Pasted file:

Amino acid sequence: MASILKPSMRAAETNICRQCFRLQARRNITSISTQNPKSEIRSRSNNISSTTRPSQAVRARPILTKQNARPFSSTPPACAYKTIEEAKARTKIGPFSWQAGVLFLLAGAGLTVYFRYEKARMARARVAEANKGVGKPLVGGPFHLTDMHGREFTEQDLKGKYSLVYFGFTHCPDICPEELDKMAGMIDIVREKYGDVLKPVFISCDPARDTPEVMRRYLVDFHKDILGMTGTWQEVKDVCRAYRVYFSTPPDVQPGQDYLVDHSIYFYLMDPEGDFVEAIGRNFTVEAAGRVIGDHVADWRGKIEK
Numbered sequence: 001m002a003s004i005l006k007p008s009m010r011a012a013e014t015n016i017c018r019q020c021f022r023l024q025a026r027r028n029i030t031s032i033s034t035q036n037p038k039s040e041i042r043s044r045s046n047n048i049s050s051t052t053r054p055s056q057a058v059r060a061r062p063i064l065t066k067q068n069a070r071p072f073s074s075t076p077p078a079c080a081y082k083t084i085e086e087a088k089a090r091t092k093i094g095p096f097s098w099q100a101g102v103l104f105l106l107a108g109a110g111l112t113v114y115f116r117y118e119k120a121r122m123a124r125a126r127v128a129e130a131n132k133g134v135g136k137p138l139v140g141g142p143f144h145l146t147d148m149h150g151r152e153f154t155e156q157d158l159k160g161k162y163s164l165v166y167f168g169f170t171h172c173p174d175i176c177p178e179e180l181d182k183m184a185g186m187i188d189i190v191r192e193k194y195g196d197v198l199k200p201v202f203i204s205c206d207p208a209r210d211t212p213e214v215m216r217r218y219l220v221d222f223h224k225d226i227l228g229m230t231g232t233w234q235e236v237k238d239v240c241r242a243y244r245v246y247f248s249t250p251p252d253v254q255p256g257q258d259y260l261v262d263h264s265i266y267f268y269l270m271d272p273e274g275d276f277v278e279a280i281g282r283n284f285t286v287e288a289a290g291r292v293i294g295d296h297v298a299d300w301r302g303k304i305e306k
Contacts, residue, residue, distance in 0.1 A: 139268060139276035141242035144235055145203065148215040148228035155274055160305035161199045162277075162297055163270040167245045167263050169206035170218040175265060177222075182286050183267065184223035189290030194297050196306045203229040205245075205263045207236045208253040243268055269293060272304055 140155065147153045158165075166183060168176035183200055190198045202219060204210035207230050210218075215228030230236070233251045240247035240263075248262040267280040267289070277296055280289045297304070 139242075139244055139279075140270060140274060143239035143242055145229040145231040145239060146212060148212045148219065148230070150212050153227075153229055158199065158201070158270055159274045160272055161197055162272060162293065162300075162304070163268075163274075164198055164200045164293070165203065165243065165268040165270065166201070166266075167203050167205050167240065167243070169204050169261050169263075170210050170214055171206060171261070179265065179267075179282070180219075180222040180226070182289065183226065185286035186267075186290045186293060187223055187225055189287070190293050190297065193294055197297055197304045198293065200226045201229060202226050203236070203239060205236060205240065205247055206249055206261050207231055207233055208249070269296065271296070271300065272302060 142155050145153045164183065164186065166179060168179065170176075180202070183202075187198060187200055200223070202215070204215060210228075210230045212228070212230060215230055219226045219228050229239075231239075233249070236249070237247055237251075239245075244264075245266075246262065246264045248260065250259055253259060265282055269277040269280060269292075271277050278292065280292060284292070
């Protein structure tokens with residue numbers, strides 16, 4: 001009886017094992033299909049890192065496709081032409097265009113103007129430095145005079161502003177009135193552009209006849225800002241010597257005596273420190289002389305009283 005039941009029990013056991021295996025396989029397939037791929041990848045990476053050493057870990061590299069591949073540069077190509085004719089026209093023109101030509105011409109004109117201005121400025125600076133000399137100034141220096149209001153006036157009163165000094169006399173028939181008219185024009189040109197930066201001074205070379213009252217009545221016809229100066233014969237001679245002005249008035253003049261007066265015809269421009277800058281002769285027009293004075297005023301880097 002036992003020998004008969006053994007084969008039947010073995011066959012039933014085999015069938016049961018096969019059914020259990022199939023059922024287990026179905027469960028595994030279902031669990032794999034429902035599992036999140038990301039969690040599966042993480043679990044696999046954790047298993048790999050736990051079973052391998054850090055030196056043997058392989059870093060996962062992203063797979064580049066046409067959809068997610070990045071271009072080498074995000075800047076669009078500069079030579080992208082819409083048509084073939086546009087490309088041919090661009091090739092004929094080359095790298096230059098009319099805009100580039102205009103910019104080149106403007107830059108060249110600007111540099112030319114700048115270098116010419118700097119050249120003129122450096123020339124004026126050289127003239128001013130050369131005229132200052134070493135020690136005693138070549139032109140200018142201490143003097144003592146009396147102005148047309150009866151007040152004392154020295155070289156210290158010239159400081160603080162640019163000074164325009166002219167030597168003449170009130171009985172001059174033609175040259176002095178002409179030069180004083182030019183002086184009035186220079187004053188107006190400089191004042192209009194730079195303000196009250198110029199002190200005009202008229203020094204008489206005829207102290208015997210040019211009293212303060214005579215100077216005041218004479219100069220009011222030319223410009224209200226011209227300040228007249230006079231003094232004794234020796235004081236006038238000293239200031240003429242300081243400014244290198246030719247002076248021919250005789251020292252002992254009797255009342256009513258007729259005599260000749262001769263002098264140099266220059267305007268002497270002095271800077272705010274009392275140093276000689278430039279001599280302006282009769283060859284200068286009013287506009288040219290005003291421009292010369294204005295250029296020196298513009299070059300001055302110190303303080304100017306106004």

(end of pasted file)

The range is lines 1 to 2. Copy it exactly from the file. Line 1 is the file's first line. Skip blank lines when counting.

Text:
Amino acid sequence: MASILKPSMRAAETNICRQCFRLQARRNITSISTQNPKSEIRSRSNNISSTTRPSQAVRARPILTKQNARPFSSTPPACAYKTIEEAKARTKIGPFSWQAGVLFLLAGAGLTVYFRYEKARMARARVAEANKGVGKPLVGGPFHLTDMHGREFTEQDLKGKYSLVYFGFTHCPDICPEELDKMAGMIDIVREKYGDVLKPVFISCDPARDTPEVMRRYLVDFHKDILGMTGTWQEVKDVCRAYRVYFSTPPDVQPGQDYLVDHSIYFYLMDPEGDFVEAIGRNFTVEAAGRVIGDHVADWRGKIEK
Numbered sequence: 001m002a003s004i005l006k007p008s009m010r011a012a013e014t015n016i017c018r019q020c021f022r023l024q025a026r027r028n029i030t031s032i033s034t035q036n037p038k039s040e041i042r043s044r045s046n047n048i049s050s051t052t053r054p055s056q057a058v059r060a061r062p063i064l065t066k067q068n069a070r071p072f073s074s075t076p077p078a079c080a081y082k083t084i085e086e087a088k089a090r091t092k093i094g095p096f097s098w099q100a101g102v103l104f105l106l107a108g109a110g111l112t113v114y115f116r117y118e119k120a121r122m123a124r125a126r127v128a129e130a131n132k133g134v135g136k137p138l139v140g141g142p143f144h145l146t147d148m149h150g151r152e153f154t155e156q157d158l159k160g161k162y163s164l165v166y167f168g169f170t171h172c173p174d175i176c177p178e179e180l181d182k183m184a185g186m187i188d189i190v191r192e193k194y195g196d197v198l199k200p201v202f203i204s205c206d207p208a209r210d211t212p213e214v215m216r217r218y219l220v221d222f223h224k225d226i227l228g229m230t231g232t233w234q235e236v237k238d239v240c241r242a243y244r245v246y247f248s249t250p251p252d253v254q255p256g257q258d259y260l261v262d263h264s265i266y267f268y269l270m271d272p273e274g275d276f277v278e279a280i281g282r283n284f285t286v287e288a289a290g291r292v293i294g295d296h297v298a299d300w301r302g303k304i305e306k